In this activity students will dive into three primary sources: Magna Carta, the English Bill of Rights, and the Bill of Rights from the U.S. Constitution.
Find primary sources and teaching activities for National History Day!
Get ready to go back to school with new professional development webinars from the National Archives!
Less than 10 years after the ratification of the Bill of Rights, Revolutionary War veteran and NY State Legislator Jedediah Peck was arrested for distributing a petition.
Though freedom of the press is one of our most cherished liberties, fully enjoying it has not always been possible. This is especially true during times of stress for the nation and government.
The notion of freedom of the press was tested just a few years after the Bill of Rights when political parties developed in the mid-1790s.
Recent highlights of primary sources newly added to DocsTeach
A journal article and podcast provide a deeper dive into students rights cases, including Tinker v. Des Moines.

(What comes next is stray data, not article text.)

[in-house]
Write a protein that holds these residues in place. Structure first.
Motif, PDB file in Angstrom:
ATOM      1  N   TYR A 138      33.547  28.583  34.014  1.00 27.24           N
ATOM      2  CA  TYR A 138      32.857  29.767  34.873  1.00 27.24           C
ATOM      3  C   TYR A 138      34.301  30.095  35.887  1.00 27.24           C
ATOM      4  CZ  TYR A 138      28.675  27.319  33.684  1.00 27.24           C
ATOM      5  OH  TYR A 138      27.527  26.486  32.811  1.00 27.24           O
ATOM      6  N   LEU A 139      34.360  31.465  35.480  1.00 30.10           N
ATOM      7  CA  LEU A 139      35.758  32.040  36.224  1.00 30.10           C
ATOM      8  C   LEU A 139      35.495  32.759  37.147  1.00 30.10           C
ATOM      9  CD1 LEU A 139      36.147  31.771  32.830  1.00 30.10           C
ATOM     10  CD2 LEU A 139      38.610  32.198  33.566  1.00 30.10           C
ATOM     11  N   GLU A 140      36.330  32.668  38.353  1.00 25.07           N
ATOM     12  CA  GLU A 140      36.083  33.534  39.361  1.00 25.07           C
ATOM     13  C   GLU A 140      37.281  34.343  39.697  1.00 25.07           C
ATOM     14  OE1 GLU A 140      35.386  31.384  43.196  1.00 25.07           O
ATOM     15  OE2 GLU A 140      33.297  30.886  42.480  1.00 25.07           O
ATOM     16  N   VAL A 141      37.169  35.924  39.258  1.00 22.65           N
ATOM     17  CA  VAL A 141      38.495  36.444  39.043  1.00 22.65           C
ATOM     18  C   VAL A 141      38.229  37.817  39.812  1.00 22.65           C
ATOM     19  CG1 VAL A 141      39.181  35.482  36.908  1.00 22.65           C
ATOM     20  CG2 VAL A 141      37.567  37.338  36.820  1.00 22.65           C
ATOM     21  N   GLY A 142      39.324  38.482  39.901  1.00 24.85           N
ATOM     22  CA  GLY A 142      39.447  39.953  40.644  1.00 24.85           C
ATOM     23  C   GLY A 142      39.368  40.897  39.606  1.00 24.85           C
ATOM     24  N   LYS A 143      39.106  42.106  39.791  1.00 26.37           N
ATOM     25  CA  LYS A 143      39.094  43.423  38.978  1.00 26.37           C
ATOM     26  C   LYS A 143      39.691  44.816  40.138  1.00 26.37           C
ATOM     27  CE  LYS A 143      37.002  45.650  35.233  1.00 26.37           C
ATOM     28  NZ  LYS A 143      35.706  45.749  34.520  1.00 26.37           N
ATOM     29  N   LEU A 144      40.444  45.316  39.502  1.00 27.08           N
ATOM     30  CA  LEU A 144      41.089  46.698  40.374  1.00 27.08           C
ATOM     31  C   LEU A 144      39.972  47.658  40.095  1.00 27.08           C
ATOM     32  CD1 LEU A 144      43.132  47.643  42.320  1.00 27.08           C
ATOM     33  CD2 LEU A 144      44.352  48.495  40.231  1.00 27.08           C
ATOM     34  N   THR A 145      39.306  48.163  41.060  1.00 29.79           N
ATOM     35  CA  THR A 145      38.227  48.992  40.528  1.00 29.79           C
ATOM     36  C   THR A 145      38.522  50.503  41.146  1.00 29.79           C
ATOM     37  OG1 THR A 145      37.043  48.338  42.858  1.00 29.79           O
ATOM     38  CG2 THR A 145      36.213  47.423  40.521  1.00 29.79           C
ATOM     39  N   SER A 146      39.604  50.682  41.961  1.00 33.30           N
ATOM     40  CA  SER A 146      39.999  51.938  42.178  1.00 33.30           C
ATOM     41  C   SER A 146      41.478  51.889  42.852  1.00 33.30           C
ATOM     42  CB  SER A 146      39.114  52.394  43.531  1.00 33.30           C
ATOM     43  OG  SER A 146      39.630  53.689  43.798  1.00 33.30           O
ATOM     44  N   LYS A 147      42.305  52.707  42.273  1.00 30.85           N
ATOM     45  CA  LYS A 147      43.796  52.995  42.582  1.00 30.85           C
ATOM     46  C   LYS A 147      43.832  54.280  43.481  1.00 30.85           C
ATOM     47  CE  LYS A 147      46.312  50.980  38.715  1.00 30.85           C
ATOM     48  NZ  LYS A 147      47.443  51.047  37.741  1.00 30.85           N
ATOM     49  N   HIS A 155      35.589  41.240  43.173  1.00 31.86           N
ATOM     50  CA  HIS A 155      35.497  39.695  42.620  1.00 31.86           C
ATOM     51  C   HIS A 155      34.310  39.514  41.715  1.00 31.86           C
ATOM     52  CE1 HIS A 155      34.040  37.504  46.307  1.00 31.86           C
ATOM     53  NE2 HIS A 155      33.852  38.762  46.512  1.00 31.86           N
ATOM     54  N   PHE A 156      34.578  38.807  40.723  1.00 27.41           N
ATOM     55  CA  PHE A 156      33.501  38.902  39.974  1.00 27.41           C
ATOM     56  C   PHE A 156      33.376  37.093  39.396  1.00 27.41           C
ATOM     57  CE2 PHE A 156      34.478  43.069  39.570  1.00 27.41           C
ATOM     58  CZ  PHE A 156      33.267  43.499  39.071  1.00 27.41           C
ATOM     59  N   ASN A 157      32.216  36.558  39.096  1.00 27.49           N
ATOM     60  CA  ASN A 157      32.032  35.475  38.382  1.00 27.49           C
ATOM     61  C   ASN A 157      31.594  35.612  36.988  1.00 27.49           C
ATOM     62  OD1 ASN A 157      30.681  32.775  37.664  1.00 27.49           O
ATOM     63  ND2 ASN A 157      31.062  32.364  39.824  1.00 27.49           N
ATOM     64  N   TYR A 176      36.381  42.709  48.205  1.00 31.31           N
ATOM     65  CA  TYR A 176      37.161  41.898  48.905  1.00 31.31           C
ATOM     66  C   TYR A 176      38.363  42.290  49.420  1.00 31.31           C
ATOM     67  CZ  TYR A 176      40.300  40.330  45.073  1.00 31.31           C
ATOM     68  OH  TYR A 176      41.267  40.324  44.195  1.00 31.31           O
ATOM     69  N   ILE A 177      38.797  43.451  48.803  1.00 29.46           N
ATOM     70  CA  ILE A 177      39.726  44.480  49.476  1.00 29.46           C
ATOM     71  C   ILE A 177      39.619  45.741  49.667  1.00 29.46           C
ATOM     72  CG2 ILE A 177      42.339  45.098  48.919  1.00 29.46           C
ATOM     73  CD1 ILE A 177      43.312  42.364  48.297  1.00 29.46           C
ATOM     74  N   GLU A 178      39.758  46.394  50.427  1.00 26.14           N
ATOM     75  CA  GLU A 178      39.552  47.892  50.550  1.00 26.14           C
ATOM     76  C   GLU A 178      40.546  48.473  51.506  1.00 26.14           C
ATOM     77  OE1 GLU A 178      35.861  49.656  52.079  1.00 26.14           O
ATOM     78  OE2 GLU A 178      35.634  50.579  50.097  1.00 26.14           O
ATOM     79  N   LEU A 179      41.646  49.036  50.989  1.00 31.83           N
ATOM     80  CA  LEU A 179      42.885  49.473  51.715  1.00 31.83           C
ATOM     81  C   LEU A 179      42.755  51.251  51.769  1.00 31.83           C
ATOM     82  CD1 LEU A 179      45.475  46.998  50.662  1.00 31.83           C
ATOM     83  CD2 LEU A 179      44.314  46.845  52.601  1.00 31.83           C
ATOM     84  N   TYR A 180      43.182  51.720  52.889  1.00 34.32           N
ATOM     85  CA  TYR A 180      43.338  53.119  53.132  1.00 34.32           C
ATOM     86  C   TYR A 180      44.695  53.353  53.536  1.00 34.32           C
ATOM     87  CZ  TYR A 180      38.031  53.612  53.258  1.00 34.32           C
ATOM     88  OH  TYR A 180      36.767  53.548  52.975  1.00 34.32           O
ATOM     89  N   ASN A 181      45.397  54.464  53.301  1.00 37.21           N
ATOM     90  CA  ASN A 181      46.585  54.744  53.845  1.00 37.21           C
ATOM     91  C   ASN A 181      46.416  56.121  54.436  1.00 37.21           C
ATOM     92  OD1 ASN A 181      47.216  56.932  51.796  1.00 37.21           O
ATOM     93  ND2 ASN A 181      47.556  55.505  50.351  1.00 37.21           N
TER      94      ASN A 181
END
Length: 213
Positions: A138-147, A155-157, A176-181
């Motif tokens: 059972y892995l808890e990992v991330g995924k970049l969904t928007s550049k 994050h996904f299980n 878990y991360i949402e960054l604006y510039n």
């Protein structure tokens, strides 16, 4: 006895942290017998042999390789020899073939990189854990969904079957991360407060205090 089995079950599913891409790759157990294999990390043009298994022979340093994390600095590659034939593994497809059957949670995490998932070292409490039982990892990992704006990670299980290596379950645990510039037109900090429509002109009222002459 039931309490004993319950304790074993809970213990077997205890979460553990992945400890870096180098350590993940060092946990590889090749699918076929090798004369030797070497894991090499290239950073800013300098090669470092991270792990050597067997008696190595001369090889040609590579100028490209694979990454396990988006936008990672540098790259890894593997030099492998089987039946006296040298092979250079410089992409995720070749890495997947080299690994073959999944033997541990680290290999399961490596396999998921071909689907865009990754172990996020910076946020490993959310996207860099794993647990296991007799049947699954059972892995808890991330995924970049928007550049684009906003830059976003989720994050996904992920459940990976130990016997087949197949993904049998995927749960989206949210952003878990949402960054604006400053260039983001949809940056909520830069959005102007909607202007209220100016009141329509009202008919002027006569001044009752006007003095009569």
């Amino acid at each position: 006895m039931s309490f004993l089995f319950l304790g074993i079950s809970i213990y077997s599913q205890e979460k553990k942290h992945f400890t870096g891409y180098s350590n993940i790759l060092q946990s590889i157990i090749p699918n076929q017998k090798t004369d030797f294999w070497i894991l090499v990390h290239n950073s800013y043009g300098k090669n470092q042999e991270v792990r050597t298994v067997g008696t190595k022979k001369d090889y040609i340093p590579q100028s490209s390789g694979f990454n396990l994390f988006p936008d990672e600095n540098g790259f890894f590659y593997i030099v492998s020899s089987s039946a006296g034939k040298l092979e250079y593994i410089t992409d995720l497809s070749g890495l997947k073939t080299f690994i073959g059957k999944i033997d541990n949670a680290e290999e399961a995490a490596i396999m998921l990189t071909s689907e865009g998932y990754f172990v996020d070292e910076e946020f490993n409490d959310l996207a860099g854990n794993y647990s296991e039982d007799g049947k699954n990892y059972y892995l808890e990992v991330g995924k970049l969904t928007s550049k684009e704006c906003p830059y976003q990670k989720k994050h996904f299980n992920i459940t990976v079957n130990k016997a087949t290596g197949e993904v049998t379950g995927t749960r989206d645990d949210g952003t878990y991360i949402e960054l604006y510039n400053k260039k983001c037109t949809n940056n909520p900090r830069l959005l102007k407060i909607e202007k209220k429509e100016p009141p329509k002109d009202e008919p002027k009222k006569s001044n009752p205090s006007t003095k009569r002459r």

September 17th is Constitution Day! On September 17, 1787, the delegates to the Constitutional Convention met for the last time to sign the document that they had spent weeks creating: the Constitution of the United States. However, the Constitution is only one of our founding documents. The Declaration of Independence, Constitution, and Bill of Rights … Continue reading New for Constitution Day: Distance Learning for Students and a Professional Development Webinar
Attention DC area educators! Please join us for our annual Educators Open House on Thursday, September 13th from 6:00 p.m.–8:00 p.m. at the National Archives in Washington, DC. Heavy hors d’oeuvres will be served. Enjoy a special after-hours viewing of our exhibits, including the Declaration of Independence, the Constitution, and the Bill of Rights. Meet … Continue reading Educator Open House in Washington, DC